Good news that Norway has ratified the @ILO Domestic Workers Convention.— Guy Ryder (@GuyRyder) July 8, 2021
The Convention calls on all countries to extend rights and protections to domestic workers and make domestic work, decent work.
Our latest report shows there's much still to be done https://t.co/rFU4R1MqMA pic.twitter.com/DB9VV3I2tC
Norway has been an ILO member State since 28 June 1919. It has ratified 110 Conventions and 3 Protocols, 73 of which are still in force, including all eight of the fundamental ILO Conventions as well as all four of the priority governance Conventions.
The adoption of Convention No. 189 ten years ago marked an important step toward the realization of decent work for domestic workers, who are often not considered to be workers and are excluded from protections afforded under national labour legislation. The Convention therefore provides for the recognition of domestic work as “work” and the improvement of living and working conditions for the more than 75 million domestic workers throughout the world, who are among the most vulnerable and poorly remunerated workers. According to the 2021 ILO Report on Making Decent Work a Reality for Domestic Workers, over 80 % of domestic workers---twice as many as other workers-- are in informal employment.
As a result, many are deprived of basic labour rights, such as limits on the length of their workday, the right to rest periods and a weekly period of uninterrupted rest, safe and healthy working conditions, a minimum wage that enables them to meet their basic needs, and access to social protection, including sick leave and maternity protection. Moreover, many domestic workers—80 per cent of whom are women—are particularly vulnerable to exploitation, harassment and abuse, due to the particular nature of domestic work in private households. The Convention pays special attention to the issue of violence and harassment at work, as well as to the particular vulnerabilities of migrant domestic workers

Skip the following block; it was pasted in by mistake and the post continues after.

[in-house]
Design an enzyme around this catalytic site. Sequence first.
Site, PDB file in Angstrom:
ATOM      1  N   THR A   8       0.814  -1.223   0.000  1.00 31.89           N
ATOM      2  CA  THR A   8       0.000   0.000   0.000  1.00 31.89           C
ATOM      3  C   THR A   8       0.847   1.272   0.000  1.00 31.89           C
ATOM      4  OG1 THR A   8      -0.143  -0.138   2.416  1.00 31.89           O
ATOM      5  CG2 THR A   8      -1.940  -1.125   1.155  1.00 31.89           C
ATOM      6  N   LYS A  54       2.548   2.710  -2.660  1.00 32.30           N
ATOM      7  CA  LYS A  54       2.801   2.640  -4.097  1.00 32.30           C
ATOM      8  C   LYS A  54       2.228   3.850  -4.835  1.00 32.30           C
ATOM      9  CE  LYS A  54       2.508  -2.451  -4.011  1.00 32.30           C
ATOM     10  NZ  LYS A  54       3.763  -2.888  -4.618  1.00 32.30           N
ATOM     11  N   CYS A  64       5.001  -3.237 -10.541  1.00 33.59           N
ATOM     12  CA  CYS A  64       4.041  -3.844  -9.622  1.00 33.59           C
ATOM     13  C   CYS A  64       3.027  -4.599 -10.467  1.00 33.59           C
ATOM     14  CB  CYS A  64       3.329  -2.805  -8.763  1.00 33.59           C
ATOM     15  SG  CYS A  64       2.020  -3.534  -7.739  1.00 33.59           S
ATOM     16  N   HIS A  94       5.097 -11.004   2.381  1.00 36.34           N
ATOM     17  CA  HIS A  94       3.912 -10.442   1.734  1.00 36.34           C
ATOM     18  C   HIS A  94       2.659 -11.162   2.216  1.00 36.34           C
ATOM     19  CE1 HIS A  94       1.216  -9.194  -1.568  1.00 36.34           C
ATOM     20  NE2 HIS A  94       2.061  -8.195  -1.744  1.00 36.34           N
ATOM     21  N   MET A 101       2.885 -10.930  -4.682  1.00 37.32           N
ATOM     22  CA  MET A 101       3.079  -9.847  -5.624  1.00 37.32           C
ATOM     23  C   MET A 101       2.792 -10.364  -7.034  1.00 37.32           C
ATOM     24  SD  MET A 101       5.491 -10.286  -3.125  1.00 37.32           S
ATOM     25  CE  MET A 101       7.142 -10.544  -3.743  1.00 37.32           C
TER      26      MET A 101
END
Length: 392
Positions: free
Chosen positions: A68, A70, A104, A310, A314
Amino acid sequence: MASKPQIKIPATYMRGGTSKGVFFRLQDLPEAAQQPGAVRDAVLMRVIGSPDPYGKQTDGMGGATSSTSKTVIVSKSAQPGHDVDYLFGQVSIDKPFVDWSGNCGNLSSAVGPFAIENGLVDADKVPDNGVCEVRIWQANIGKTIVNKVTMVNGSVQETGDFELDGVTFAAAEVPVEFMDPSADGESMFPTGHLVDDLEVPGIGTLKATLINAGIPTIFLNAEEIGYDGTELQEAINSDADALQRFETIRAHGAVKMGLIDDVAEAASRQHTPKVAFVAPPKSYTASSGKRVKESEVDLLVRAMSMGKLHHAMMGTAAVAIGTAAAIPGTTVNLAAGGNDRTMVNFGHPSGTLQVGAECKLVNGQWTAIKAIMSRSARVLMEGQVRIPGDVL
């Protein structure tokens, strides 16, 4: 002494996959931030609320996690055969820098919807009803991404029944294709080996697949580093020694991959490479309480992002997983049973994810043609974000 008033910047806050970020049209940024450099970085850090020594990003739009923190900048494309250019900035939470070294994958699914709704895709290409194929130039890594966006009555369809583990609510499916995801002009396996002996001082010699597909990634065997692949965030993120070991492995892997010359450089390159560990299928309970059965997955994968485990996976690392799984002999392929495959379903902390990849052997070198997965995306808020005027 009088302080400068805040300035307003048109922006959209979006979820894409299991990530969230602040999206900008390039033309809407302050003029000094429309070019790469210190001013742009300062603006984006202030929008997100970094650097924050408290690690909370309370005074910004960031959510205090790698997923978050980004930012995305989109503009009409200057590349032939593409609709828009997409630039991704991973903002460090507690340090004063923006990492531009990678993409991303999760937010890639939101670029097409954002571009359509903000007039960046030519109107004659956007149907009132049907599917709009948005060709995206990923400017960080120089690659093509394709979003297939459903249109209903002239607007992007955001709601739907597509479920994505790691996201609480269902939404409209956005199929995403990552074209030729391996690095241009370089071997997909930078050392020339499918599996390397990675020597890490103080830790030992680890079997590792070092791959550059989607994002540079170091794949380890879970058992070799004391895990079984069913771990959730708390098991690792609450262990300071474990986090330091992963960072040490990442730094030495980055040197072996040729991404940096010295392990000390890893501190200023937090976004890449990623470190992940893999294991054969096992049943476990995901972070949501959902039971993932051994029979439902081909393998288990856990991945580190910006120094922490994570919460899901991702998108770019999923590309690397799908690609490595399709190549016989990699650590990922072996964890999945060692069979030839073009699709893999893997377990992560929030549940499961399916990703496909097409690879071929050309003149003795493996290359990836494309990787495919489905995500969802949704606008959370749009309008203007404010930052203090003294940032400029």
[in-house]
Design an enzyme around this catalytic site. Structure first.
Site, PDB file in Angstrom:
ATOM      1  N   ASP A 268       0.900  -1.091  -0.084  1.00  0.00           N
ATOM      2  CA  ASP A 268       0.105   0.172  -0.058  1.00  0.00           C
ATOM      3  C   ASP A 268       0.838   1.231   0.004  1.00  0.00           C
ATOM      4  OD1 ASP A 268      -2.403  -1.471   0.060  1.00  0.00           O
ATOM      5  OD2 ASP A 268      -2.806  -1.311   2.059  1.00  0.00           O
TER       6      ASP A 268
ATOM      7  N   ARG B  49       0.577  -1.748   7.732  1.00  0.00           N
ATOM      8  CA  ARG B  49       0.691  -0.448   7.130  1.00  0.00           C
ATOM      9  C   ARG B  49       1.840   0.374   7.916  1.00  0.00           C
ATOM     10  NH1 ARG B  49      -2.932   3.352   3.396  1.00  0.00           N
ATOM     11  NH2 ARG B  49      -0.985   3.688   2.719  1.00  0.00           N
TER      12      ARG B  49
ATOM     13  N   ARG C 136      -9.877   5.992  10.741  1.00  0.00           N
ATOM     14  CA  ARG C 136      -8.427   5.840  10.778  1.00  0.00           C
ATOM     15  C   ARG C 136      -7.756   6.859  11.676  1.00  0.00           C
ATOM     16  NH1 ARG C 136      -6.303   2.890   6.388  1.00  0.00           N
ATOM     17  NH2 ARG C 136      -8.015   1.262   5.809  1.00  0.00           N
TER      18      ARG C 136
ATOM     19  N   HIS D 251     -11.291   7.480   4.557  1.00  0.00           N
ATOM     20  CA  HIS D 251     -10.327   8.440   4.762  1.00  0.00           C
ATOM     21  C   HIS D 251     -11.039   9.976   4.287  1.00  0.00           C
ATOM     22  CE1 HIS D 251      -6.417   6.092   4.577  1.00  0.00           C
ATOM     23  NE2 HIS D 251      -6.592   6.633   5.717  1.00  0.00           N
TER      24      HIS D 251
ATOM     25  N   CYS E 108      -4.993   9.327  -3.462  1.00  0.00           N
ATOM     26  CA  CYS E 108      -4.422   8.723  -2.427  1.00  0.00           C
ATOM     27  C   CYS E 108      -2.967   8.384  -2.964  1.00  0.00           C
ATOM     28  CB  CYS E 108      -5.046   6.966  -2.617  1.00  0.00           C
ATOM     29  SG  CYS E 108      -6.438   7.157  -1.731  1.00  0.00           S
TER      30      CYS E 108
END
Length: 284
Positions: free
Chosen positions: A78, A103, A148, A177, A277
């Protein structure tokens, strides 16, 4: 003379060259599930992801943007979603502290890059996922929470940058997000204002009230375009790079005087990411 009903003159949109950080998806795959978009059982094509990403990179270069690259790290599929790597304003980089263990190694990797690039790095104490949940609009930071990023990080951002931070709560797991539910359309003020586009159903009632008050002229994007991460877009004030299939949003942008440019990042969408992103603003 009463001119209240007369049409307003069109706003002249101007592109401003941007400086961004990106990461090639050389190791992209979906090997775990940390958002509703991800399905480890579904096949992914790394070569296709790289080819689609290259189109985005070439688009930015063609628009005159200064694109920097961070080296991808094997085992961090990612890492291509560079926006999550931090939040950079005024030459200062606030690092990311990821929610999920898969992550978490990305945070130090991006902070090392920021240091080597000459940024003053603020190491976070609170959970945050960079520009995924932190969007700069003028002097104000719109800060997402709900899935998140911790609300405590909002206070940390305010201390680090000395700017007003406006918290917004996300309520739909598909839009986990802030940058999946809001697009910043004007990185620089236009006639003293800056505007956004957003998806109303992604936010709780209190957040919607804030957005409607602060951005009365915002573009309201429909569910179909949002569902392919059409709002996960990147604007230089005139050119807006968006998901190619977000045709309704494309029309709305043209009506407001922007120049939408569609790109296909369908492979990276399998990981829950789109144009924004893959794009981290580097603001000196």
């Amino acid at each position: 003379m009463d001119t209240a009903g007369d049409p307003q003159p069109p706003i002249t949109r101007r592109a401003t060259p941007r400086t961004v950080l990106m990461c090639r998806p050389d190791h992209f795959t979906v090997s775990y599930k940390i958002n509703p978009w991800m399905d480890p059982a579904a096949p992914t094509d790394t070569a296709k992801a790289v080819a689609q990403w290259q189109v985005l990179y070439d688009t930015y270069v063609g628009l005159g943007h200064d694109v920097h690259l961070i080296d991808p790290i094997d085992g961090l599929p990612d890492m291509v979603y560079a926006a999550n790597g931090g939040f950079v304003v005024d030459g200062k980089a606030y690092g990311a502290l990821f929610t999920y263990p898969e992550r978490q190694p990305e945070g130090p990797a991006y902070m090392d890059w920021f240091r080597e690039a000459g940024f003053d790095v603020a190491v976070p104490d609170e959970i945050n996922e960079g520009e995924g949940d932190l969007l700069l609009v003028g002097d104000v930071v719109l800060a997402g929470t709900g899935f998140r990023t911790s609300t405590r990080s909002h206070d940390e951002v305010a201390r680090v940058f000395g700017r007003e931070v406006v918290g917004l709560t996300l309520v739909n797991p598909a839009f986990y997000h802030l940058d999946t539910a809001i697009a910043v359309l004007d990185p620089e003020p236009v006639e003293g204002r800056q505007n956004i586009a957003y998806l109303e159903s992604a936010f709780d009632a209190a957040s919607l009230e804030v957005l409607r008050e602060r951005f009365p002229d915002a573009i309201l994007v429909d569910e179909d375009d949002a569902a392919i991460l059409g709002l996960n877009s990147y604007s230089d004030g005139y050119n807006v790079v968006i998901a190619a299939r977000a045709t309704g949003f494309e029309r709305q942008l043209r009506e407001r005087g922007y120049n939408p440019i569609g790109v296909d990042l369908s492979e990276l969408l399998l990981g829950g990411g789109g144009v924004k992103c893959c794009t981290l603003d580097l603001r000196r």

In ratifying Convention No. 189, Norway reaffirms its commitment to the fundamental ILO principles of decent work for both women and men. This ratification also supports measures already taken by Norway at the national level to safeguard the rights of domestic workers.
On depositing the instrument of ratification, Ambassador Tine Mørch Smith, Permanent Representative of Norway to the United Nations and other International Organisations in Geneva, stated:
“I am very pleased to deposit the instrument of ratification of the Domestic Work Convention, 2011 (No. 189), which establishes international standards in order to safeguard basic employee rights in the employment relationship of domestic workers. This is of high importance, as domestic workers are not always recognised as employees, which in turn can make them vulnerable tor exploitation and abuse.
“In Norway, the ratification of the Convention required only minor changes in the regulation of domestic workers, as this group already has been recognised as employees. The ratification of ILO Conventions carries great weight and significantly contributes to securing workers' rights at the international level.”
Upon receiving the instrument of ratification, ILO Director-General Guy Ryder stated:
“Norway’s ratification of Convention No. 189 reaffirms its strong commitment to the ILO’s body of international labour standards. In doing so, it contributes to the commemoration of the first decade since the adoption of the Convention in 2011, and reaffirms the need to ensure recognition and protection of the rights of domestic workers. Domestic work should be recognized as work and labour protections should be extended to all categories of women and men domestic workers, to promote awareness of domestic workers’ rights and ensure that they enjoy protections that are equivalent to those of other workers.”
Convention No. 189 will enter into force for Norway on 8 July 2022.